A nice thing about elliptic curves is the wealth of information which is tied up in the isomorphism class of the group. Over the complex numbers, every elliptic curve is \mathbf{C}/\Lambda where \Lambda is a lattice of rank 2 contained in the complex numbers. The Mordell-Weil Theorem tells us that when we restrict to a number field we get a finitely generated abelian group.  The Birch and Swinnerton-Dyer conjecture tells us how important the rank is and today we get a glimpse of what the torsion can tell us. The Weil Pairing is a canonical identification of \bigwedge^2 E[m] with the m-th roots of unity (here we work over a field of characteristic not dividing m).We begin with a lemma concerning rational functions on an elliptic curve.

Lemma: A divisor D = \sum_P n_P P is div(f) for some rational function f if and only if \sum_P n_P=0(i.e.  \deg(D) = 0) and in elliptic curve addition, \sum_P [n_P]P = O (i.e. \sigma([D]) = O where \sigma : Pic^0(E) \stackrel{\sim}{\to}E and [D] denotes the class of D in Pic^0(E).)

The reason is, if f is a rational function, \deg(div(f)) =0 and [div(f)] = [0] so \sigma[0] = O. On the other hand if \deg(D) = 0 then it makes sense to speak of [D]\in Pic^0(E). If \sigma([D]) = O then [D] = [0] so there is some rational function f for which D = div(f).

We need this to say that if Q\in E[m]  there is some rational function f_Q such that div(f_Q) = m(Q - O) = mQ - mO. Consider f_Q\circ [m]. Since f_Q is only zero at Q and will have multiplicity m at each point, the divisor of zeros is m([m]^*Q) and likewise the divisor of poles is m([m]^*O). This is to say that div(f_Q\circ [m]) = m[m]^*(Q-O).

Note that f_Q\circ [m] is constant on the addition of any element of E[m]. Thus if R is any element of E[m] then \frac{f_Q\circ[m]( X +R)}{f_Q\circ [m] (X)} = 1 for any X \in E. We now show the m-th root of f_Q\circ [m] is a rational function.

Consider [m]^*(Q-O) = [m]^*Q - [m]^*O = [m]^*Q - \sum_{P\in E[m]} P. Meanwhile we know that unless [m] is a inseparable map(i.e. when the characteristic of k does not divide m, for which I still need to give a proof) then deg([m]^*D) = m^2 deg(D) and \# E[m] = m^2. Thus if [m]Q' = Q then [m]^{-1}(Q) = \{ Q' \oplus P: P \in E[m]\}(we use \oplus to make clear that this is the chord and tangent addition in E) and so [m]^*Q = \sum_{P\in E[m]} Q' \oplus P. Thus [m]^*(Q-O) = \sum_{P\in E[m]} Q' \oplus P - P .

Now consider for any P \in E[m], the divisor Q' \oplus P - P. Clearly it has degree zero, but in the addition law, it is not O but Q', so we subtract Q' and add O to get something of degree zero which adds up to O. So by our lemma, there is a rational function f such that div(f) = Q'\oplus P - P -Q' + O, so [m]^*(Q-O) = \sum_{P\in E[m]} Q' - O = m^2 Q' - m^2 O. Then since [m]^2Q' = [m][m]Q' = [m]Q = O, there is a rational function g_Q such that div(g_Q^m) = div(f_Q\circ [m]).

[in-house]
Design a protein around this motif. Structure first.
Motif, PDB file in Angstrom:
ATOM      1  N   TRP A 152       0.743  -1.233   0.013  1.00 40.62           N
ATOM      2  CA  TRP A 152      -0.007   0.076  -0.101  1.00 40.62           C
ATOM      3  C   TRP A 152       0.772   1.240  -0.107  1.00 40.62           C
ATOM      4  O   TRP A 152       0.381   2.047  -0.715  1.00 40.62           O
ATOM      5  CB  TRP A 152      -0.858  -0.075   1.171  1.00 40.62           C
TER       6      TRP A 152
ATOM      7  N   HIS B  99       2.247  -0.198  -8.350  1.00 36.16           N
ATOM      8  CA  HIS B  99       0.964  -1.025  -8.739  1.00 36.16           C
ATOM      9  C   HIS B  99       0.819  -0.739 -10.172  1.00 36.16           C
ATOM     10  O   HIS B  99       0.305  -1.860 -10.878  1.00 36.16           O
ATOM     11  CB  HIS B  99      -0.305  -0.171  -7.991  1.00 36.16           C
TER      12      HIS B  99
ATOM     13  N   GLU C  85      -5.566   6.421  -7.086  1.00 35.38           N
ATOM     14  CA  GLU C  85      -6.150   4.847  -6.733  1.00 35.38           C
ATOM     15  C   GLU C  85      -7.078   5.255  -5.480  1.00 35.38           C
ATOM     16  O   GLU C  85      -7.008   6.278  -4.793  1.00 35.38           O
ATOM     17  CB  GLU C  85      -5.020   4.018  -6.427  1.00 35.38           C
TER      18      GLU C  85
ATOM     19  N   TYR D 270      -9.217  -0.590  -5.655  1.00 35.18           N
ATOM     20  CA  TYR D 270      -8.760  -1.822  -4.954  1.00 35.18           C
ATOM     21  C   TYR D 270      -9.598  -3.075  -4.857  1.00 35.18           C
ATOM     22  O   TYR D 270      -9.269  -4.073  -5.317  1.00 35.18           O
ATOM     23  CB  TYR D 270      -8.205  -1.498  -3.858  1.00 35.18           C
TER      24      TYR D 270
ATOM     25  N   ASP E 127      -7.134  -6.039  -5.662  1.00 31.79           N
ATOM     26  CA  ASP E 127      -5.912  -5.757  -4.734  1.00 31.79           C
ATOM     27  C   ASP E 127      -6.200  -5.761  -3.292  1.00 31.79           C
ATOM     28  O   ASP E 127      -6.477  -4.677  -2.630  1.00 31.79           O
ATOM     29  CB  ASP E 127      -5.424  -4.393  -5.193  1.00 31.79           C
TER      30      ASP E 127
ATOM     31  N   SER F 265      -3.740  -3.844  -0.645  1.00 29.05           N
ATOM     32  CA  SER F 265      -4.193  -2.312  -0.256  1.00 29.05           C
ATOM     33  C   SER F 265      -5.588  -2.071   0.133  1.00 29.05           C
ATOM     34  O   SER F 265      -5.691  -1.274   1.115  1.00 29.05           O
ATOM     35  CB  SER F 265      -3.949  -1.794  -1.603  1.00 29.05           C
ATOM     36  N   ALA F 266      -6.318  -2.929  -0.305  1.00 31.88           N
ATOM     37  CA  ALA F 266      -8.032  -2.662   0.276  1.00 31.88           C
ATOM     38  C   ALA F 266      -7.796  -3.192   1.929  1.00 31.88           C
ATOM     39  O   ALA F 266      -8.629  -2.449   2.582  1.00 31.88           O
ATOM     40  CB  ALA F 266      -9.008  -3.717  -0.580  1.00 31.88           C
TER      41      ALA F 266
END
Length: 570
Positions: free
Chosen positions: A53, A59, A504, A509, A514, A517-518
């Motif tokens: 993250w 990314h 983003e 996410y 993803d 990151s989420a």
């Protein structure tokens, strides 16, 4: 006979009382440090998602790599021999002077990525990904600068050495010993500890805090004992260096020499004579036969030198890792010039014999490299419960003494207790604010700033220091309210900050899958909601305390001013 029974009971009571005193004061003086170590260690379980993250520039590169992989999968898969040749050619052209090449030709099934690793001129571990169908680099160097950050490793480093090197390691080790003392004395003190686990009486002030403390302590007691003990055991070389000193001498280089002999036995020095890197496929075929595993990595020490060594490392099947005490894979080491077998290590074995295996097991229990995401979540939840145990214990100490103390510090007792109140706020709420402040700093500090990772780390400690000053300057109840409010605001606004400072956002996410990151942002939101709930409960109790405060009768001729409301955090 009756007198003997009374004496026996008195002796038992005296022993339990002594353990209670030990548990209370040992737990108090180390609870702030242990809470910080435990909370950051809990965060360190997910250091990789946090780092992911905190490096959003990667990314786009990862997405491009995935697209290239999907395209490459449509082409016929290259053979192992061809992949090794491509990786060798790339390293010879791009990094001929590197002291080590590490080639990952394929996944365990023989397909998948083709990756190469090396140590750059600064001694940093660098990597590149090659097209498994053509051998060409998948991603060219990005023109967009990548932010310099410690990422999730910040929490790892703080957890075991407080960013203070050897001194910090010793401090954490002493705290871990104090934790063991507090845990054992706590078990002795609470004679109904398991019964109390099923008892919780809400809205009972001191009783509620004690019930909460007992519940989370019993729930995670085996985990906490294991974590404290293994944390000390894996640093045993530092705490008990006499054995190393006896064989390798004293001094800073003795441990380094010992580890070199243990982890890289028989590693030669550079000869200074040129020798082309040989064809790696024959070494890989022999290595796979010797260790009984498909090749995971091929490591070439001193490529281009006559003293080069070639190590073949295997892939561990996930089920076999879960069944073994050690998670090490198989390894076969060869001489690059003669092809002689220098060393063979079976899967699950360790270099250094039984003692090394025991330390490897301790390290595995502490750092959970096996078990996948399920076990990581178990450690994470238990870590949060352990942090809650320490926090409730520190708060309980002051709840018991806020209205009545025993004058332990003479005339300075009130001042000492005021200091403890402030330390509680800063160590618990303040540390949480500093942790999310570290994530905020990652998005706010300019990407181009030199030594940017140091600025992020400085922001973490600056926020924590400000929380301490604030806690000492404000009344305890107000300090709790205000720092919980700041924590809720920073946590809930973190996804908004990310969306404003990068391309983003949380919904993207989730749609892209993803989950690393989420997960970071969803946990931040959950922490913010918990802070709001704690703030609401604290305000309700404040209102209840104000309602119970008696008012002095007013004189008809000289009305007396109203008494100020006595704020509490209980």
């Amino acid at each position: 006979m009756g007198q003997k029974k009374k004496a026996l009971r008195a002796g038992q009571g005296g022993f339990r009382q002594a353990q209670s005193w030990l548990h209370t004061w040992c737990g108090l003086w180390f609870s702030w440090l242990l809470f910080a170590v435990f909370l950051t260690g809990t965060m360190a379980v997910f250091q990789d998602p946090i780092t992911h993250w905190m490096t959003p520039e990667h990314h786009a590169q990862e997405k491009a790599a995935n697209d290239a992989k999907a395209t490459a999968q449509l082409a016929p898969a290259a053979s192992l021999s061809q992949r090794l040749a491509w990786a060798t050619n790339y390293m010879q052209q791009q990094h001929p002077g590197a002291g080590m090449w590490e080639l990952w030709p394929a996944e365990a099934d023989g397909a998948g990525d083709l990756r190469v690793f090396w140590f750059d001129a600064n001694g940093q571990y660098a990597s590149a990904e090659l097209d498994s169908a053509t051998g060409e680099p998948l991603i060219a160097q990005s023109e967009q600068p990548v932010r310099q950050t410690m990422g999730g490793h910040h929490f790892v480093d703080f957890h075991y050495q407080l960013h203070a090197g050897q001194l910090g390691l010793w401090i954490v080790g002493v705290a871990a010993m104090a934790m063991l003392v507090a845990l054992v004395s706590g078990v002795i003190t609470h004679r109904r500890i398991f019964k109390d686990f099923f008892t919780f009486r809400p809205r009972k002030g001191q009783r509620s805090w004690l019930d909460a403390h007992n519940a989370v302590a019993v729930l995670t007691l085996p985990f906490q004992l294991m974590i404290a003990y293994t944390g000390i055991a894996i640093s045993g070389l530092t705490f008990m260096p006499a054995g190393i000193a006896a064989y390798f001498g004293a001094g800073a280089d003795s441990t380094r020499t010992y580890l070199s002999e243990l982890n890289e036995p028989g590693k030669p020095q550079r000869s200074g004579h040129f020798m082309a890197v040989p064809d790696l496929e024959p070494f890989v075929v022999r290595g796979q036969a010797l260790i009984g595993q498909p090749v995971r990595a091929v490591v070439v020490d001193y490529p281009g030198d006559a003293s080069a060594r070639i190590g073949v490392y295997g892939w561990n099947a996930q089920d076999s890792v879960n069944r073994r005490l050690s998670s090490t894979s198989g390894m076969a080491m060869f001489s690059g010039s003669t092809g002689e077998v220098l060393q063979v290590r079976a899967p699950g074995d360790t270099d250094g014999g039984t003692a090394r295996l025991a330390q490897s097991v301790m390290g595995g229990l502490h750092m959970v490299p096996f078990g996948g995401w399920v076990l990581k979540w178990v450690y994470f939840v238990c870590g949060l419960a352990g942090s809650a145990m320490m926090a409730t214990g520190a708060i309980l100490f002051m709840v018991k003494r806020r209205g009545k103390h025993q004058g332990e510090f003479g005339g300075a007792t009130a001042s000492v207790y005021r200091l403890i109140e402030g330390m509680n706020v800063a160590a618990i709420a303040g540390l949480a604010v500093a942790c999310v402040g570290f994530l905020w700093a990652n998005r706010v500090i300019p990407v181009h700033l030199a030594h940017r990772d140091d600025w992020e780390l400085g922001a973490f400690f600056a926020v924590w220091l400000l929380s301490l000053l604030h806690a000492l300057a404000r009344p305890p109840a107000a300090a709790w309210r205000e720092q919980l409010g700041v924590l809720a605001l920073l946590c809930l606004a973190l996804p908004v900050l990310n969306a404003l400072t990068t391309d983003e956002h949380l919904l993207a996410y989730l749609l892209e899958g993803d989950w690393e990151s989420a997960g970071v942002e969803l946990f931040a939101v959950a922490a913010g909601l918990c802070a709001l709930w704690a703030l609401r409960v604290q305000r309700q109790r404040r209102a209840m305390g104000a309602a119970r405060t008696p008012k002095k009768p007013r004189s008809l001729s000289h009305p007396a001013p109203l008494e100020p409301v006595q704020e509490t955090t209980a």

Definition: The Weil Pairing e_m(R,Q) := \frac{g_Q(X + R)}{g_Q(X)} for some X\in E.

We have already shown that e_m(R,Q)^m = 1 since f_Q(X + R) = f_Q(X). Thus it is a map E[m]\times E[m] \to \mu_m. Moreover, e_m is

  • alternating (e_m(Q,Q) = 1 so by bilinearity, e_m(R,Q) = e_m(Q,R)^{-1})
  • bilinear(e_m(Q+R,S+T) = e_m(Q,S)e_m(Q,T)e_m(R,S)e_m(R,T))
  • nondegenerate(if e_m(R,Q) = 1 for all R\in E[m] then R=O)
  • Galois invariant(if s \in Gal(\overline{k}/k) then s(e_m(R,Q)) = e_m(s(R),s(Q))
  • Surjective, (there exist Q,R\in E[m] such that e_m(Q,R) is a primitive m-th root of unity)

These properties alone are enough to show that e_m induces an isomorphism of Galois modules E[m] \wedge E[m] \to \mu_m and thus if E[m] is k-rational, then so is \mu_m.

There is also a corresponding pairing for an abelian variety A, where we match A[m] with A^\vee[m] : = \{ L \in A^\vee | L^{\otimes m} \cong \mathcal{O}, the m-torsion line bundles (which, since every abelian variety is smooth could just be thought of in terms of Weil Divisors). The proof that such a pairing exists, instead of relying on the extensive knowledge we have about E[m], must instead come from a homomorphism End(A) \to End(A^\vee), wherein we show that if L \in A^\vee = Pic^0(A) then [m]^*L \cong L^{\otimes m} (corresponding in Divisors to mD linearly equivalent to [m]^*D).

Tune in next time when we talk about Modular Curves and the geometric role that modular forms play.

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